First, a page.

7. Central bank bond sales

Actions by central banks to tackle high inflation include a reversal of the bond buying of the last decade, helping to push bond yields higher.

8. Higher levels of government debt

This means higher interest rates according to the standard economic model – and this model is working again. There’s little prospect of these high debt levels being reduced.

Ageing populations require increased healthcare spending. So too do armed forces in a more hostile geopolitical environment. Tax increases and spending cuts are difficult to deliver without political consensus. And, in the US in particular, politics has never looked more divided.

In 2023, bond yields have risen even as inflation has fallen and central banks have indicated that rates are close to their peaks. The recent rise in bond yields while the BoE rate was unchanged tells us investors are demanding a higher risk premium for owning longer-dated bonds.

Factors driving change in interest rates – then and now

1981 - 2021 2021 - today
Central bank mandates
Inflation expectations
Supply or demand shocks
Portfolio hedging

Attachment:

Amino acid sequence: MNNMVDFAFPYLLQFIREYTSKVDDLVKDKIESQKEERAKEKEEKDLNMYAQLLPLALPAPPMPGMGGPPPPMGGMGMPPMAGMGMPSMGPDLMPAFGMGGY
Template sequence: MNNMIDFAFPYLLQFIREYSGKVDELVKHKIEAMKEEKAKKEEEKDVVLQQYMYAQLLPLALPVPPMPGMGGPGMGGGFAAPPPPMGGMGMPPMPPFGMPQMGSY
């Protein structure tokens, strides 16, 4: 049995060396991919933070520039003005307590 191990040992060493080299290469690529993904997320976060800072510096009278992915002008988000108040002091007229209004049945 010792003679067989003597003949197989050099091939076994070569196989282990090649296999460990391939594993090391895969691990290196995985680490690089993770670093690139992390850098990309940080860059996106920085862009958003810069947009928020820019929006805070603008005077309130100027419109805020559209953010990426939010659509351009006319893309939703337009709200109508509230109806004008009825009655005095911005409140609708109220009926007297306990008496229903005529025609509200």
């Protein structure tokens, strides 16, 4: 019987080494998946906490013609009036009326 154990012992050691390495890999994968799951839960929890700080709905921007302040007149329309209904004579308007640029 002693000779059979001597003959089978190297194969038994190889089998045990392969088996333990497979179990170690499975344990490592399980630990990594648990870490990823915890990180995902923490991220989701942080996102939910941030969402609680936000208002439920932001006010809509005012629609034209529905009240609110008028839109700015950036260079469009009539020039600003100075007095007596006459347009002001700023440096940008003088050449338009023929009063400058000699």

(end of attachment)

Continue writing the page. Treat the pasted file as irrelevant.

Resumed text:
Central bank bond buying or selling
Govt. debt-to-GDP

Where next for interest rates?

We can be confident on one thing. Inflation and interest rates will be more volatile. This means the top-to-bottom range for both will likely be higher in the next cycle.

In the immediate future, the outlook for inflation is improving. Interest rates have risen for two years. They act with a lag and are helping to bring supply and demand back into balance. This could allow central banks to cut rates next year. We see more risk of recessions than further bouts of inflation in 2024.

But authorities will have a harder job in balancing policies to sustain growth and suppress inflation in the future. A little inflation is helpful in eroding government debt. So, bond holders will demand a higher premium over cash rates for governments who have borrowed heavily.

We think rate cuts are coming in 2024. This will likely mean lower bond yields too. But we think the decade ahead will see higher average interest rates. And more volatile markets.